Mercy Corps Urges Next UK Government to Take a Stand to Stop Global Crises Before They Start

June 07, 2024

7th June 2024

LONDON – Mercy Corps welcomes the opportunity to work with the next UK government and urges the incoming cabinet to set the UK on a strong course to tackle the existential crises of our times: conflict, climate change, and burgeoning humanitarian need. 

We stand at a critical crossroads. Against the backdrop of numerous violent conflicts, increasing climate emergencies, and an estimated 300 million people projected to need humanitarian assistance and protection in 2024, Mercy Corps believes the next UK government can have a significant impact through addressing the root causes of these crises. 

As a global organisation dedicated to helping people survive crises and transform their communities, we know that investment in conflict prevention yields results. Every dollar invested in peacebuilding carries a potential $16 reduction in the cost of armed conflict. Historically, the UK has exhibited leadership in funding conflict prevention and peacebuilding but this has declined in recent years. Alarmingly, the UK's expenditure on conflict prevention and peacebuilding has dwindled to only 2% of the aid budget. Similarly, the 10 most fragile states received less than 1% of total climate adaptation funding in 2021.

As we look to reduce the drivers of crises, we cannot ignore the many millions of people already coping with their devastating impacts.  Currently, Mercy Corps is responding to humanitarian crises from Sudan to Gaza, Afghanistan to Ukraine.  With 300 million people - a dismal record breaking number - now in humanitarian need, we urge the next UK government to make it an urgent priority to maintain and build the UK’s efforts to respond to these crises.  This will mean leveraging partnerships and expertise with the humanitarian sector and with affected communities themselves to address the complex drivers of displacement and global insecurity.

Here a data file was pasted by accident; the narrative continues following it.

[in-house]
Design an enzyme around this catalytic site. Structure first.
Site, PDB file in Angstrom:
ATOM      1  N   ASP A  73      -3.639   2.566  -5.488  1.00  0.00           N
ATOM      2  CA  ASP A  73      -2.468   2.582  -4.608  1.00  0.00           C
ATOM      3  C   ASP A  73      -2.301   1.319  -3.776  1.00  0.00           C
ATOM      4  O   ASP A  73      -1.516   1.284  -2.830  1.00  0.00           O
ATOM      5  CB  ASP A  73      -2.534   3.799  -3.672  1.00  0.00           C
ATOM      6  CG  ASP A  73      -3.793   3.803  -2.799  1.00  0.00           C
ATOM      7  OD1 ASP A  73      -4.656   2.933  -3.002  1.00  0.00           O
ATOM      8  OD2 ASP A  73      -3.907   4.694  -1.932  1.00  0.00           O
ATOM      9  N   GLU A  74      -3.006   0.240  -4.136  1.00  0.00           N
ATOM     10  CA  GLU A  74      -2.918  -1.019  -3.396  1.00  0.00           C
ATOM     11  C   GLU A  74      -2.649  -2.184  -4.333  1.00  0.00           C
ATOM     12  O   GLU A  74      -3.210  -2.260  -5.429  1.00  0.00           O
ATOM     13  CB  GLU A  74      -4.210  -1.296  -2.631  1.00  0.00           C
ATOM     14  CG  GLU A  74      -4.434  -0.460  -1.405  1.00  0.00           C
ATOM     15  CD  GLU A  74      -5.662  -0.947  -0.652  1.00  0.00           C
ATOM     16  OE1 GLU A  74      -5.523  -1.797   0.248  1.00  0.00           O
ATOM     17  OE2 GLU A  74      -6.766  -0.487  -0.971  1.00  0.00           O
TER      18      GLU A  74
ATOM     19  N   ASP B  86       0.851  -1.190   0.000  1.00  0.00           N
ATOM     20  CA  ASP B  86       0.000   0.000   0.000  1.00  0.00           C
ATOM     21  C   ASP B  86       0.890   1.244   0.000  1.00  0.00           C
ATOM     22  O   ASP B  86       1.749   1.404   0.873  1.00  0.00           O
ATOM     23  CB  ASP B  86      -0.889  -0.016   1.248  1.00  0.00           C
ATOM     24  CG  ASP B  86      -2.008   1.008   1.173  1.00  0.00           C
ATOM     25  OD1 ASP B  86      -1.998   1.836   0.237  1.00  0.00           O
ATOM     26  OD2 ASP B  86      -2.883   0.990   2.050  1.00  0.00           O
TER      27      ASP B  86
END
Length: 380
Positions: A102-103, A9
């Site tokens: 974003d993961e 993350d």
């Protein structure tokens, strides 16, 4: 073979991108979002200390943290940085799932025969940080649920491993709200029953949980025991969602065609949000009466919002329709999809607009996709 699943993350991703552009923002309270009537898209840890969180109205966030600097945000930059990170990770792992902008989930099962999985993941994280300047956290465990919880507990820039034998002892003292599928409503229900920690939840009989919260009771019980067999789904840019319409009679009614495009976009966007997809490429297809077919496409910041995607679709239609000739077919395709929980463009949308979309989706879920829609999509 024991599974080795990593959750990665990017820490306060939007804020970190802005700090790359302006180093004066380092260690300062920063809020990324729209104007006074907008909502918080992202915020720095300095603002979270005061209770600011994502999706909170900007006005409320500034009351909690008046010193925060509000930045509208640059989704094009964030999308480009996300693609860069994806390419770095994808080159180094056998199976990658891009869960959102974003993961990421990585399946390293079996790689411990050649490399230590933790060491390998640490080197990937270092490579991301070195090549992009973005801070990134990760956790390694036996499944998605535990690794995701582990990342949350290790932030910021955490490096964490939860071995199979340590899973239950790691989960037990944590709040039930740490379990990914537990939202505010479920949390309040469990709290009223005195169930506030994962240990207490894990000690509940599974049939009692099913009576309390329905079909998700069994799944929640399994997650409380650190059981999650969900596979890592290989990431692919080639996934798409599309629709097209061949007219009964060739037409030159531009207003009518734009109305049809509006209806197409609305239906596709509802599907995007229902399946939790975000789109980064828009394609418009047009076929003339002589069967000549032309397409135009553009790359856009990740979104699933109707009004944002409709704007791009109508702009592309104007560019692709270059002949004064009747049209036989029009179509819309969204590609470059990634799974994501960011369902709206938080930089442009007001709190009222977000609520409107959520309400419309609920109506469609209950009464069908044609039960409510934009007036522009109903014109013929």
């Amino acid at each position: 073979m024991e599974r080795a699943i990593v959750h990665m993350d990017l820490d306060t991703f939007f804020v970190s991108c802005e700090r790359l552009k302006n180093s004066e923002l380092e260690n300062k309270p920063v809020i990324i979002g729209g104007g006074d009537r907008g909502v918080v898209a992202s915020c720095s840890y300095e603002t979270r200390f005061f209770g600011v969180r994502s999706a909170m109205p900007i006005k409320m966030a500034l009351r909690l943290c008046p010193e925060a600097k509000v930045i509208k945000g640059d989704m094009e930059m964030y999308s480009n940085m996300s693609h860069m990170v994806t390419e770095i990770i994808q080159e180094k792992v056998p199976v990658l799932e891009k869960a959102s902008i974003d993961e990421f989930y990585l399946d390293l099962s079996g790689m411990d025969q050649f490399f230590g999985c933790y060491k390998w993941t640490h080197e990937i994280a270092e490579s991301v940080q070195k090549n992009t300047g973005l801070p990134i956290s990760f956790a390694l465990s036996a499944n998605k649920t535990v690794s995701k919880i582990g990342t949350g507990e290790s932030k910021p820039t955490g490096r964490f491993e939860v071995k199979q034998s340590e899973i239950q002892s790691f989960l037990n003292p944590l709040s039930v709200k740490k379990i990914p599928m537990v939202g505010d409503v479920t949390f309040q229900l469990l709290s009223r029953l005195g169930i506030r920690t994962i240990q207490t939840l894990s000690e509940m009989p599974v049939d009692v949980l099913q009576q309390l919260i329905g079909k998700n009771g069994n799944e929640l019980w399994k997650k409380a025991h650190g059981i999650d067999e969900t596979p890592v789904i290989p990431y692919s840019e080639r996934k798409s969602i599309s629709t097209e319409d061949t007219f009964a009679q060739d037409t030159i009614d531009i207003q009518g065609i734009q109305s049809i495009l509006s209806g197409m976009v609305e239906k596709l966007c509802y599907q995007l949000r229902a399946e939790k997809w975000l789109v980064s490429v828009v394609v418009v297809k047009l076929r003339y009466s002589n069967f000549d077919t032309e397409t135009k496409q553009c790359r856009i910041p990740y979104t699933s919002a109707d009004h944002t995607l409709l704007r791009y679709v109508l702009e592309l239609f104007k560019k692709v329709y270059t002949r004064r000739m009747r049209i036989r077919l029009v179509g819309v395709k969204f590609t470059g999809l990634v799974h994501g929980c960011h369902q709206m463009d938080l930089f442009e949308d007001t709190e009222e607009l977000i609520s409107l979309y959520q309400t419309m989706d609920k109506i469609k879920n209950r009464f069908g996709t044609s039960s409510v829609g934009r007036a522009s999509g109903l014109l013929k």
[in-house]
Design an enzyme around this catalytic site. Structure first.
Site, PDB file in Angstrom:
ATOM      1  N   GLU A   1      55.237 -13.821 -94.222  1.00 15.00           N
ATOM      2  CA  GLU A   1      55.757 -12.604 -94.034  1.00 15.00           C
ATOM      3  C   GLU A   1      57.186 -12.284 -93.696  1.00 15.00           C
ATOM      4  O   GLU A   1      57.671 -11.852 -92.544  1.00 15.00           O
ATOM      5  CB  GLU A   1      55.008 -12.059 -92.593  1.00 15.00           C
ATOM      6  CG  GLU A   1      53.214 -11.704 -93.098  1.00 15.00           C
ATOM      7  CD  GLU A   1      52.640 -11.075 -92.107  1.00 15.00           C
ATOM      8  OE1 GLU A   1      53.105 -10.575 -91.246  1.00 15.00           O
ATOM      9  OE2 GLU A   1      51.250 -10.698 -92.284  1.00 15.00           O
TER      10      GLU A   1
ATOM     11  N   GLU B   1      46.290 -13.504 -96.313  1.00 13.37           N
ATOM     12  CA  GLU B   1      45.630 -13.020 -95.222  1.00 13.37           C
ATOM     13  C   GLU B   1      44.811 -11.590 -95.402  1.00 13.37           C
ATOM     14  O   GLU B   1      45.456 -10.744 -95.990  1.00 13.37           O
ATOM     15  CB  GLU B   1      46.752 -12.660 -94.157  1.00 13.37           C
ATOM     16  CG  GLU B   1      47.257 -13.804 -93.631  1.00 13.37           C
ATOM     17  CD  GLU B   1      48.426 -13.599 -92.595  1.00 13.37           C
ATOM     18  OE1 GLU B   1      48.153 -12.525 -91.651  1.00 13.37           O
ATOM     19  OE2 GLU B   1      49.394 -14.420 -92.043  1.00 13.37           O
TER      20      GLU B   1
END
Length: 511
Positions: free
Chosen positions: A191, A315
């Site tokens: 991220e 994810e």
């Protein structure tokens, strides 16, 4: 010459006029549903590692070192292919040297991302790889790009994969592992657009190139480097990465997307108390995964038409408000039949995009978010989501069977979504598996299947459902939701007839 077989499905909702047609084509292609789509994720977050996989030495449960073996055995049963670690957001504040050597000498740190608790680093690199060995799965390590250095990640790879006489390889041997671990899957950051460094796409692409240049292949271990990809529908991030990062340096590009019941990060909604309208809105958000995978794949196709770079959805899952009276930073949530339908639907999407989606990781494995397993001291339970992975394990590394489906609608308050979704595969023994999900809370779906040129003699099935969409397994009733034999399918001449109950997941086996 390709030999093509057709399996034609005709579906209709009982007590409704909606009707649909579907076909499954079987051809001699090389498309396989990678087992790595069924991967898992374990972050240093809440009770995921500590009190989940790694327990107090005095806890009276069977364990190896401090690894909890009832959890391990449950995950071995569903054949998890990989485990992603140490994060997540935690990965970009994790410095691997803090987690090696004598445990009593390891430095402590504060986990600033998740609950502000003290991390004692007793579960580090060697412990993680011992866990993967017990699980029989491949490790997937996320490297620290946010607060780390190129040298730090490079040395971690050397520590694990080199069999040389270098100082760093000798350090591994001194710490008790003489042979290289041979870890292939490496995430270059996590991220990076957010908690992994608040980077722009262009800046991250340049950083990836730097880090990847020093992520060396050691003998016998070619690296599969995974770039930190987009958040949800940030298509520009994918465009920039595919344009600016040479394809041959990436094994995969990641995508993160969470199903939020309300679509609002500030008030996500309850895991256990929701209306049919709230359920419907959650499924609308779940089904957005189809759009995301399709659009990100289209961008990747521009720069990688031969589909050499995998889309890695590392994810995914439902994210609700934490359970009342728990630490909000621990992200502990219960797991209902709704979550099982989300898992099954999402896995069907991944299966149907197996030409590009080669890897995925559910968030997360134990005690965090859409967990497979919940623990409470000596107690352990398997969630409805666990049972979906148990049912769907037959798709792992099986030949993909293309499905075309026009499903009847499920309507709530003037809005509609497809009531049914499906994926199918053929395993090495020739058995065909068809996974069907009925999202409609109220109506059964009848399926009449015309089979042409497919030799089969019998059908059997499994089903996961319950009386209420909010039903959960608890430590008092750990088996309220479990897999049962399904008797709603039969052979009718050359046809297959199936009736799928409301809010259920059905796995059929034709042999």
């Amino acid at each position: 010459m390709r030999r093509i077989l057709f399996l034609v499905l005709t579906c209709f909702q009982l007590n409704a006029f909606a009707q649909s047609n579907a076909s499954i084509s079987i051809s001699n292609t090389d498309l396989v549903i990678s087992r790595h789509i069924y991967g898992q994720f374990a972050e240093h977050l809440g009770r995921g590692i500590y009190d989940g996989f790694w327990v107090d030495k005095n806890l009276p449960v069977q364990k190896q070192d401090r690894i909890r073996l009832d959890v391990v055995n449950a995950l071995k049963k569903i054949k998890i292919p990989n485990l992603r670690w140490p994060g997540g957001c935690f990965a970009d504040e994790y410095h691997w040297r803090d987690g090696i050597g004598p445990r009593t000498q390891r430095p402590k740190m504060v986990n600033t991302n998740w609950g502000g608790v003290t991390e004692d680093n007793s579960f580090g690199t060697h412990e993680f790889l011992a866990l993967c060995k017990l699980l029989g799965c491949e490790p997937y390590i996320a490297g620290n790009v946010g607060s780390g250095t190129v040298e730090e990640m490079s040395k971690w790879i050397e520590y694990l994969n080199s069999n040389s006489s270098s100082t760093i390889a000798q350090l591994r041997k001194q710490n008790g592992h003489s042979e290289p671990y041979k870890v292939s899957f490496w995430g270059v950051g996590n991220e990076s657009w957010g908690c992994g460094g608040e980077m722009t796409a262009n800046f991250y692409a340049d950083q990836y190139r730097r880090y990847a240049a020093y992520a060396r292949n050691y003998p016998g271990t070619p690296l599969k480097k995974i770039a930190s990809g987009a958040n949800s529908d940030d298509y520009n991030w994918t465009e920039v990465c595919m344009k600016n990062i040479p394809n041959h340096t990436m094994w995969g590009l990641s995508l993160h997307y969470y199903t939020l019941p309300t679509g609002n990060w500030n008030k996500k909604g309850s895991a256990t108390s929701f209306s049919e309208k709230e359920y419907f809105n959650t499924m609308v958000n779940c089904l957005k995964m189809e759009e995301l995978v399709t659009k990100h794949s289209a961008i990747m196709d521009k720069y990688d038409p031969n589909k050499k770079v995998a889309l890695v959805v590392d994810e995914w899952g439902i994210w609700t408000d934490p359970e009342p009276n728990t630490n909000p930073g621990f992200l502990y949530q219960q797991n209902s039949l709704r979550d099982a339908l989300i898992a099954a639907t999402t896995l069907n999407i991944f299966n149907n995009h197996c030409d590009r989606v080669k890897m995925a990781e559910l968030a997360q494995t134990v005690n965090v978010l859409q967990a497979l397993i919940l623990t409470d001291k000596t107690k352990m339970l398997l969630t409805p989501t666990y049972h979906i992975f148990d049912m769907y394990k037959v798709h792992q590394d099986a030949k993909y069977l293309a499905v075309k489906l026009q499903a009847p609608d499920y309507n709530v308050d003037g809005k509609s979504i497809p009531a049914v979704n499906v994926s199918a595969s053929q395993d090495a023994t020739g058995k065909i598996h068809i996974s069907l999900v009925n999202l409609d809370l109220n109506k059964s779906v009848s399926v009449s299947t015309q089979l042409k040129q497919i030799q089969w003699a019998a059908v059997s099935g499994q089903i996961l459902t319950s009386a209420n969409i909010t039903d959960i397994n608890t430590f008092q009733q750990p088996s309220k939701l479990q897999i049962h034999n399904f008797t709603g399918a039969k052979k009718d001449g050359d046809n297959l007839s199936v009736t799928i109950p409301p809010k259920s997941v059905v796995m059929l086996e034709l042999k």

Harpinder Collacott, Mercy Corps Executive Director for Europe says: 

"It’s naive to think that the impact of conflicts and extreme weather events that result in crop failures and increased drought abroad will not be felt on UK shores. Indeed, they already are. Take the ongoing global economic impacts of the war in Ukraine as an example, or the substantial flows of displaced people fleeing unstable, unsafe, and insecure regions seeking to start anew.

Too often the communities grappling with the impacts of conflict and fragility are also at the forefront of the climate crisis.  This despite the fact they bear the least responsibility for it. Yet the more fragile a country is, the less it receives from bilateral donors and multilateral climate funds. If the UK is serious about the threats posed by our changing climate, it must show ambition and leadership at this critical time, and step up to pay its fair share of climate finance.  Leadership and a dramatic step-change in our commitment to real action and funding are imperative. Without such measures, conflict and climate change will persist in driving global instability, leading to rising hunger, malnutrition, water shortages, loss of incomes, violence, and displacement over the next decade."